2nd Semester of college my roommate moved into another dorm. It was the middle of the school year and I was alone in my room almost anytime I wasn’t in class. Which is crazy. There I was being alone because I felt alone. Say it with me: Depression doesn’t make sense. I was heading into a dangerous spiral. I noticed it. No one else did because I didn’t have the guts to reach out. Soon after a girl I went to school with died in a car accident. We weren’t that close, but it was the straw that broke the camel’s back so to speak. I, a Christian man with so many blessings, would break down and cry in the middle of the day. About nothing. I would cry myself to sleep at night. In the Bible, Job’s wife tells him to “Curse God and die.” I tried that. But I wasn’t going anywhere.
Finally one night I had a late heart to heart with a friend. I poured out my soul to him. I shared all the sinful things I had done and hidden. All the guilt I carried. All the sadness I felt. And he responded and said God loved me anyways. That he was my friend regardless. That he loved me no matter what. Oh, I cannot tell you how my heart soared!
Within 2 months I became the pastor of a very small struggling church. The perfect place to see if I was truly committed to ministry. What seemed like the toughest 8 years of my life was really just preparation for my future ministry. I worked hard to grow that church, I prayed. I preached. I trusted God. I invested my own meager salary back into that church, People came. People began to follow Jesus. Then something happened. I don’t know what it was. Maybe I made mistakes. Maybe it simply wasn’t God’s will for that church to grow. But I lost two very dear friends who no longer came to church there. People who I thought had my back began to attack me without cause. Maybe I lead out of anger. Maybe my determination led me to respond in un-Christ-like ways. I don’t know.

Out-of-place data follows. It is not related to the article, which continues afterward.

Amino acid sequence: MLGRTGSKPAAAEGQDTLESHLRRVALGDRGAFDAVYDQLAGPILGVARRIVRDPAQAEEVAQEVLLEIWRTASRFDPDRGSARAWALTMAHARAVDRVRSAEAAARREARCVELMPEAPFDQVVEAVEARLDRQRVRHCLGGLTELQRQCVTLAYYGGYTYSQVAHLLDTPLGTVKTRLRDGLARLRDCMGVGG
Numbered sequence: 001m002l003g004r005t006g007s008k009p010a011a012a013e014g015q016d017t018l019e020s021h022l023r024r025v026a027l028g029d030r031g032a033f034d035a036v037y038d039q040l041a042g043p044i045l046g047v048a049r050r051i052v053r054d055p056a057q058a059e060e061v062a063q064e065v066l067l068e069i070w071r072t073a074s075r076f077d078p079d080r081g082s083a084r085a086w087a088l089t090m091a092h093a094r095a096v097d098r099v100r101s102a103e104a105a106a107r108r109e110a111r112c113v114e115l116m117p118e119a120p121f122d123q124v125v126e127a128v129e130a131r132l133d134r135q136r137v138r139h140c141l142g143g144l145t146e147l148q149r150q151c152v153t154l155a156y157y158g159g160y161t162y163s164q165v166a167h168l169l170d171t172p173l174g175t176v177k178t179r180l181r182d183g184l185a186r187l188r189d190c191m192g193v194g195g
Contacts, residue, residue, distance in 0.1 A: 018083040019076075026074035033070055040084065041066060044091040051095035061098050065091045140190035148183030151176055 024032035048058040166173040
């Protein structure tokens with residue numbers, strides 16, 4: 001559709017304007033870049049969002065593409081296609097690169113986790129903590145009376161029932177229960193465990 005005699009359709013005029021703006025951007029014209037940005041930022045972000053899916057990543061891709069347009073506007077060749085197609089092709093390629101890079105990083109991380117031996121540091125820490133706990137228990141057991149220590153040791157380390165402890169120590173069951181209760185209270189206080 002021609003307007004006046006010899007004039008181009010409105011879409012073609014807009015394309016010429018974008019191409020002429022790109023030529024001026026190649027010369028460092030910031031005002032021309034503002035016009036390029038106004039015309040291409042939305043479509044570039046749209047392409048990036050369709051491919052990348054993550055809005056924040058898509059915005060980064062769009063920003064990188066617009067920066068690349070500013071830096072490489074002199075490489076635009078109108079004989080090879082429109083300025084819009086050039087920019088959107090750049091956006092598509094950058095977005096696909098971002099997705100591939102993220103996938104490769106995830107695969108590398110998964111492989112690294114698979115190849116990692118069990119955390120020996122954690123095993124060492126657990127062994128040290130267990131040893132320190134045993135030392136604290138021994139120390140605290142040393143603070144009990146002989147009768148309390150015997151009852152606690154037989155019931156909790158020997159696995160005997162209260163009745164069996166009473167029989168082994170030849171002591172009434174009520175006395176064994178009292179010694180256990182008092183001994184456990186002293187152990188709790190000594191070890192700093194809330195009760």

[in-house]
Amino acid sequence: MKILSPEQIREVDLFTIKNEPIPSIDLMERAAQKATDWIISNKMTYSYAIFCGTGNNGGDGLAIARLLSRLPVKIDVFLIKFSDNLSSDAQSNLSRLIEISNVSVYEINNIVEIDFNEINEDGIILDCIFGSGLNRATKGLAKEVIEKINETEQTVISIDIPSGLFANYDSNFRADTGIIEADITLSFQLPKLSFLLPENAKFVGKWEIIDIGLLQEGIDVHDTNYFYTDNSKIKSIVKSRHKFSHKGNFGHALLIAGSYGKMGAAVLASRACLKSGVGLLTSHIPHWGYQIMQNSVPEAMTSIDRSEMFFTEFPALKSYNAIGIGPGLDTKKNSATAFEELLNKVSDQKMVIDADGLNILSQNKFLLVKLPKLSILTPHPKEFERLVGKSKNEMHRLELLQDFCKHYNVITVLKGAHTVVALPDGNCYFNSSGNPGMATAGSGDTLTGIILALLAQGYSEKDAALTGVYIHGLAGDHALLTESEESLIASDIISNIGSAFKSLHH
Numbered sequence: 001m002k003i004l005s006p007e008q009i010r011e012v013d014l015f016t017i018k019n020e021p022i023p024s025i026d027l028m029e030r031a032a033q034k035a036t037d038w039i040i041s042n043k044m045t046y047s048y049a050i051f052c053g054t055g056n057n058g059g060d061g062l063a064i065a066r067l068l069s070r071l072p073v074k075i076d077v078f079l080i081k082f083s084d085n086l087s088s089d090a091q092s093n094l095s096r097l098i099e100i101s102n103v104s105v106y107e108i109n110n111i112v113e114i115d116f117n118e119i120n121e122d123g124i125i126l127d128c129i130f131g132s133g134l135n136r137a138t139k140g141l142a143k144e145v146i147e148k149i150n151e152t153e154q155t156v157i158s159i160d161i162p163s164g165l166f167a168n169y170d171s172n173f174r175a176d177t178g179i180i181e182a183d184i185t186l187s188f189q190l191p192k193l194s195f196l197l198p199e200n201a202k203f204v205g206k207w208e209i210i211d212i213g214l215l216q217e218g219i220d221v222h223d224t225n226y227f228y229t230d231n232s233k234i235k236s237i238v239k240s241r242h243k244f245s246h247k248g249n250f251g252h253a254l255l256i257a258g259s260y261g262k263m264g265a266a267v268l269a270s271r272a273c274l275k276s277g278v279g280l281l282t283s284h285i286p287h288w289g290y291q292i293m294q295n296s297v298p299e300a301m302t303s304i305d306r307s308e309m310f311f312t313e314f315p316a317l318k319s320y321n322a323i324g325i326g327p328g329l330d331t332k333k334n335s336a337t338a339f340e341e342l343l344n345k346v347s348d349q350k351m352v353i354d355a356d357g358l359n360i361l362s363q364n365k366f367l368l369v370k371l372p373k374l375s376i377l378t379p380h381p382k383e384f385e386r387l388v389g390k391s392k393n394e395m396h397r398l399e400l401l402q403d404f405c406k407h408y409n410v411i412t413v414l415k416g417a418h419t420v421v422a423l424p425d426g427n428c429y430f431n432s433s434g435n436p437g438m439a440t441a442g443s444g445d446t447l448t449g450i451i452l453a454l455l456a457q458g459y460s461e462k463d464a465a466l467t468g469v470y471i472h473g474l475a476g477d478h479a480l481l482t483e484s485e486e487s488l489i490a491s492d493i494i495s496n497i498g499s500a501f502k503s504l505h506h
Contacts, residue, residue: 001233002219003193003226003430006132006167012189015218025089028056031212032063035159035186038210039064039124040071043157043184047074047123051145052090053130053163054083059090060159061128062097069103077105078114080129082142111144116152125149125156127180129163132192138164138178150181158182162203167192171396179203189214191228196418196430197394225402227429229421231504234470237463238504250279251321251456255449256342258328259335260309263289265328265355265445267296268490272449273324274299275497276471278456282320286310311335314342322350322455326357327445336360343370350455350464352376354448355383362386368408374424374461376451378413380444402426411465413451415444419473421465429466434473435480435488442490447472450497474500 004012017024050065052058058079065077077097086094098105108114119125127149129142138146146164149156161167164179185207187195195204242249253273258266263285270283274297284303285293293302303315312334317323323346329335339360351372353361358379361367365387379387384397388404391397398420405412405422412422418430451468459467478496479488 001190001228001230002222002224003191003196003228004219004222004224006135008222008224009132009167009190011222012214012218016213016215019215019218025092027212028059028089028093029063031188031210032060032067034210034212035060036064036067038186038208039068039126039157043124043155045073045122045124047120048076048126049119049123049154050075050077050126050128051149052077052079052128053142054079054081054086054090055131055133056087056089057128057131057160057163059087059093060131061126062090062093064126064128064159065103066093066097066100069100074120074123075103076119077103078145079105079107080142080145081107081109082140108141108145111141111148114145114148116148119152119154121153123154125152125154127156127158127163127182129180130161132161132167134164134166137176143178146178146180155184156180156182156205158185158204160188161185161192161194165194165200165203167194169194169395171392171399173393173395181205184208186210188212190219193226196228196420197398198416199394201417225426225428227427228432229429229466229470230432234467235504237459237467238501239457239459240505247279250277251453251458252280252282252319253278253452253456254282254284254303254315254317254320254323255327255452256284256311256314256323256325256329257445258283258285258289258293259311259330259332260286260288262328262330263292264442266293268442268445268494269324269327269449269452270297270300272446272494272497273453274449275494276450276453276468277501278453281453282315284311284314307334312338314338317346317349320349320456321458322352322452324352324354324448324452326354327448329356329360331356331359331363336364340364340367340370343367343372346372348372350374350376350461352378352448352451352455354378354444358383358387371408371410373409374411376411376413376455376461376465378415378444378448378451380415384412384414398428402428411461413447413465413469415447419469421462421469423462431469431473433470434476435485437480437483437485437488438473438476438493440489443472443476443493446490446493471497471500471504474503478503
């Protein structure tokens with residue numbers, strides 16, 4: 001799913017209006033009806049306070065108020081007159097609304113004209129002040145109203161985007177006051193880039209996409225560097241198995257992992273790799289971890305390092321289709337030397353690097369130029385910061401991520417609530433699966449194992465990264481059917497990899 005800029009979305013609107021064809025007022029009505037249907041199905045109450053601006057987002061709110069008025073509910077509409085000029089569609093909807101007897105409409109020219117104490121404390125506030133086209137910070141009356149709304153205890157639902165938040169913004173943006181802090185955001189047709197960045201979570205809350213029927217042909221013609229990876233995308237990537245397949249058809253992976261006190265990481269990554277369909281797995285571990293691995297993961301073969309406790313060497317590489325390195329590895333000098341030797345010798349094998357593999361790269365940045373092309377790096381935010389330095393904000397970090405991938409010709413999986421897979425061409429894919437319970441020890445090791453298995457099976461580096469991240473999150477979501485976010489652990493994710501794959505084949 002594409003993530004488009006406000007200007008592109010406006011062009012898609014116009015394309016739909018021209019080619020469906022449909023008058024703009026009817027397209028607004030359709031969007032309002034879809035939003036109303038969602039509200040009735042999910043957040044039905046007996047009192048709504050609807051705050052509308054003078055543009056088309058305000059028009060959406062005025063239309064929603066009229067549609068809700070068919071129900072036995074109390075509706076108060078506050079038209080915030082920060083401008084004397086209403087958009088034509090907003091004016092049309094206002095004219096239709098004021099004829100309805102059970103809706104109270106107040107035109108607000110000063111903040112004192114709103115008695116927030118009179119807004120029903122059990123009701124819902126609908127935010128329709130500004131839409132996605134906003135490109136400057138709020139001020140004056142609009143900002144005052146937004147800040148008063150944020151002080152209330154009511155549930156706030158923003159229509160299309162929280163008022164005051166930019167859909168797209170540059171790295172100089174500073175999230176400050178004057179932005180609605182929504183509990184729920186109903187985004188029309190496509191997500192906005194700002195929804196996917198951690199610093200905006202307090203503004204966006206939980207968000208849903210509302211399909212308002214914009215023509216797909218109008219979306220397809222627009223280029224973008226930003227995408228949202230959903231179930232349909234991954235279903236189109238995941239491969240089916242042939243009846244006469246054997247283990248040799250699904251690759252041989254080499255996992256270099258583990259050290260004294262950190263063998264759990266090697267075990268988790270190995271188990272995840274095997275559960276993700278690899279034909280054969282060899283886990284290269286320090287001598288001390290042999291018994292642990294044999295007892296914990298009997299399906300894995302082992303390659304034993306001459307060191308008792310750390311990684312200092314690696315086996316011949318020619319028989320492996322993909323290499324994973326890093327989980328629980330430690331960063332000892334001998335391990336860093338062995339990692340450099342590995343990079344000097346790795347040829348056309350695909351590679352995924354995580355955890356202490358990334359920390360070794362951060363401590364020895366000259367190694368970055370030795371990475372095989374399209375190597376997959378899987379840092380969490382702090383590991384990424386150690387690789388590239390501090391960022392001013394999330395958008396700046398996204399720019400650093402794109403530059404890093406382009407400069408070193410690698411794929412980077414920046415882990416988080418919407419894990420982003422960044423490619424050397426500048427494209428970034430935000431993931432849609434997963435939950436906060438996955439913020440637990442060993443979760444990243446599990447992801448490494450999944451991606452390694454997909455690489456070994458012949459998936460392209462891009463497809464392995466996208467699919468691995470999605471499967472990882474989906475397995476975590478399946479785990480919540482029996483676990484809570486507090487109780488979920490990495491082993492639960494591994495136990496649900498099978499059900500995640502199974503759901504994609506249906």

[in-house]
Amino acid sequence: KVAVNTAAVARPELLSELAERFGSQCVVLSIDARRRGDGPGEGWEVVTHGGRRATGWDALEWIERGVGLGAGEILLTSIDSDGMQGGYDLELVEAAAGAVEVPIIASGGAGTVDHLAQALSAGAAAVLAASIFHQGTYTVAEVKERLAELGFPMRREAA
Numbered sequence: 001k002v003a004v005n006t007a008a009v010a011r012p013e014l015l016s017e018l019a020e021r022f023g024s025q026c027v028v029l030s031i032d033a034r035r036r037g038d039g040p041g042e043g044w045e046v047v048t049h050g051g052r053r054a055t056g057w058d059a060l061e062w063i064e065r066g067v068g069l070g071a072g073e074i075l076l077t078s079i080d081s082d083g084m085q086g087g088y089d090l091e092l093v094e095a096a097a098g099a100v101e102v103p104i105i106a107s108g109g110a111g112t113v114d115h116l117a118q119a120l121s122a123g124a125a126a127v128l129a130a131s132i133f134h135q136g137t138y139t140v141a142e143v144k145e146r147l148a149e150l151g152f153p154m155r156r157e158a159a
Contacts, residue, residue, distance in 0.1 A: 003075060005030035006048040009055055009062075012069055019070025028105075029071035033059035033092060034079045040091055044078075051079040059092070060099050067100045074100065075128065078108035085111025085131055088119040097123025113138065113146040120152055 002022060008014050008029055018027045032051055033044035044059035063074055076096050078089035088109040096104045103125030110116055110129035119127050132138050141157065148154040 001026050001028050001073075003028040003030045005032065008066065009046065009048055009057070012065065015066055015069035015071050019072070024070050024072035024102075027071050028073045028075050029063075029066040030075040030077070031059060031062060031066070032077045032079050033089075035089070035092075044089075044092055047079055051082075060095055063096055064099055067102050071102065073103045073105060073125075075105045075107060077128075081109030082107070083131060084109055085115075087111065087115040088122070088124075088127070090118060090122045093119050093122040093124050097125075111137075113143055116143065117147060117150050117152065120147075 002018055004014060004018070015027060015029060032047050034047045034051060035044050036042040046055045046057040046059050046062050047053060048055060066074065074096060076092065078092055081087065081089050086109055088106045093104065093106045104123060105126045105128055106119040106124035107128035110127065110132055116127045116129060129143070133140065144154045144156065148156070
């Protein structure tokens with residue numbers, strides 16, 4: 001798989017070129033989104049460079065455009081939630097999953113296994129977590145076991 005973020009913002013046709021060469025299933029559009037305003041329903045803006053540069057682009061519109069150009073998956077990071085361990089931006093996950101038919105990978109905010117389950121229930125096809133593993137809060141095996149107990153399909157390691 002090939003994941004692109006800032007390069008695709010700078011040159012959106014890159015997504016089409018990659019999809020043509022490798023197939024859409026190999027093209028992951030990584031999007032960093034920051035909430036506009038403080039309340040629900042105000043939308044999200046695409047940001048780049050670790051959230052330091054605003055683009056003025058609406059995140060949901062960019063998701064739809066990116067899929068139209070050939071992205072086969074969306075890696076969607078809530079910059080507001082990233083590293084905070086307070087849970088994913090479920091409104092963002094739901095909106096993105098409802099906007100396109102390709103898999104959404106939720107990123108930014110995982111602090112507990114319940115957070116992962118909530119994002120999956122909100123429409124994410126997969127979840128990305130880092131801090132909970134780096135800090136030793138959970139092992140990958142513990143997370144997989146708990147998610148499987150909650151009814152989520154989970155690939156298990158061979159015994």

I knew God was calling me somewhere else. So after 6 months of prayer and seeking God’s will I resigned and lost half of my family’s income. But I knew God had a plan for me.
The past 2.5 years I have been back at my home church, where through a strange series of events I pastor a church I never thought I would, and I love it.
But I still battle depression. I am surrounded by people who love me, and yet I still feel so very alone. There are times when driving down the road I still will break down. But praise the Lord, those are fewer and far in between. I truly believe that depression is a battle I will have my whole life. And I have now come to terms with that. I think that it has made me a better pastor, a better husband, and a better friend. I long for authentic relationships. I do my best to empathize with others.
I can truly see how God has used this for God.
But I still battle. I’ve been suicidal since my teen years. It makes no sense. I have an amazing wife, two incredible daughters, and some very special people in my life. But I battle nonetheless.
My name is Adam, and I have a mental illness. It makes no sense. But with God’s help I am fighting.
1 thought on “My Battle Part 1”
Hey Adam, this is Jess Marcum. I just read this and I wanted to pass along something that I've seen over and over and over, through Twitter accounts, tumblr accounts, and other blogs I follow. It is, simply, this:
Depression lies. It lies to you, and it sits inside you and whispers dark things and tries its very best to make you believe that life isn't worth living, that you aren't worth anything. But it lies, insidiously.
And I also know this: you are not alone. I repeat, because this is not important. You. Are. Not. Alone. I'm lucky enough to not have ever really been suicidal. But I still battle, every day, with depression and it's sibling, anxiety. Some days are better than others, and there are some days when even pulling myself out of bed and moving isn't enough to lift the pall that has fallen over me. I struggle, and it's a very real struggle, and it's not — as has made the rounds of Facebook, Tumblr, where ever — me “having been trying to remain strong for too long”. No, my depression is a chemical imbalance in my brain. My anxiety is a chemical imbalance in my brain. My anxiety attacks are symptoms of that. My tiredness, my sometimes apathy — all symptoms. I understand, in whatever way I am able through my own struggles, what you've faced in your life, and you are an amazing person for stepping forward to tell your own personal story.
Depression lies. You are not alone.